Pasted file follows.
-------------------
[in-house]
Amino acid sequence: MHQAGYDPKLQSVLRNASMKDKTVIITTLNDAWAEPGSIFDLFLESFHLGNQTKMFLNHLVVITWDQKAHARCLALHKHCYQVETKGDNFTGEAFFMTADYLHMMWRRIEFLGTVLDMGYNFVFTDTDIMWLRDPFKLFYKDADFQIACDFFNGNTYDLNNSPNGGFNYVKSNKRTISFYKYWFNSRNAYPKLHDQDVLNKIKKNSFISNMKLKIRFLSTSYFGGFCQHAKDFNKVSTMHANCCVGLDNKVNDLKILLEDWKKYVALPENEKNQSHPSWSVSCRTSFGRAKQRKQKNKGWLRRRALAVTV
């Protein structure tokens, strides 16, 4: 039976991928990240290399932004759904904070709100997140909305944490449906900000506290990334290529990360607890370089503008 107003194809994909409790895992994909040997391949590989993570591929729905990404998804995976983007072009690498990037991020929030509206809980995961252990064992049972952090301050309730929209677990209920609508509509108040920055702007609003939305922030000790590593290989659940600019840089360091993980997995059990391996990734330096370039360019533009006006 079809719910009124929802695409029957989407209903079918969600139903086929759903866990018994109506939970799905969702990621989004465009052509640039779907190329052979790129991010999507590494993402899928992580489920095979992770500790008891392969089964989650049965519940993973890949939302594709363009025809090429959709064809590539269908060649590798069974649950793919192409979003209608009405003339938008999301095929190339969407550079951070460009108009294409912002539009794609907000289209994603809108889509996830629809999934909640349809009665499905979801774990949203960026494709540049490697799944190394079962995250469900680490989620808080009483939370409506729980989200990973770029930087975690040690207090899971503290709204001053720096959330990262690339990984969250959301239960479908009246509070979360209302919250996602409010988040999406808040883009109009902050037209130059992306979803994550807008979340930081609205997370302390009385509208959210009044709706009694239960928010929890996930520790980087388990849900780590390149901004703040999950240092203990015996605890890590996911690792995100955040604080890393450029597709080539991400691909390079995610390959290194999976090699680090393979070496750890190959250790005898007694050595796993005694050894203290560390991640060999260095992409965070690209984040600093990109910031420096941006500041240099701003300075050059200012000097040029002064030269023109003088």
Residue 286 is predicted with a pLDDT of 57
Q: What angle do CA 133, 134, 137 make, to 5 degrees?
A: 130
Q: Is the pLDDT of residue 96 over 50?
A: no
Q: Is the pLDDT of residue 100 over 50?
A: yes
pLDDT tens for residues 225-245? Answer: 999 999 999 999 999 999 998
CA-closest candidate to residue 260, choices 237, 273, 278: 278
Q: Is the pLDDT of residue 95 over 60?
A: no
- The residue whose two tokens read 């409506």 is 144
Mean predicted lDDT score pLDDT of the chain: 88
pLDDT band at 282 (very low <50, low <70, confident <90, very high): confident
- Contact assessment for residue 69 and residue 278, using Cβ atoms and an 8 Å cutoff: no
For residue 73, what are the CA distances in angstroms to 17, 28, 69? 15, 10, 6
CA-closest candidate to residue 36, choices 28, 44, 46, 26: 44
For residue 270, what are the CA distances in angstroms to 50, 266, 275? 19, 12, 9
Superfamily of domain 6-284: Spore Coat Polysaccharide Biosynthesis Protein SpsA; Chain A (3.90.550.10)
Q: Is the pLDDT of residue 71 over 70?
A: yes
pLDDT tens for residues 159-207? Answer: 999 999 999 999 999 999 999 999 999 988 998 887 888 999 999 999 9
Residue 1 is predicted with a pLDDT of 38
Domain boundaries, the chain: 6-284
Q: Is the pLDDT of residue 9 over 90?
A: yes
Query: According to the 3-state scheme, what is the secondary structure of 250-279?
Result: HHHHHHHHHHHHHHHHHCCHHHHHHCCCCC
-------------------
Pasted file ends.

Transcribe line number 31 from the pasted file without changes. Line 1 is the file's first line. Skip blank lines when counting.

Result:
Result: HHHHHHHHHHHHHHHHHCCHHHHHHCCCCC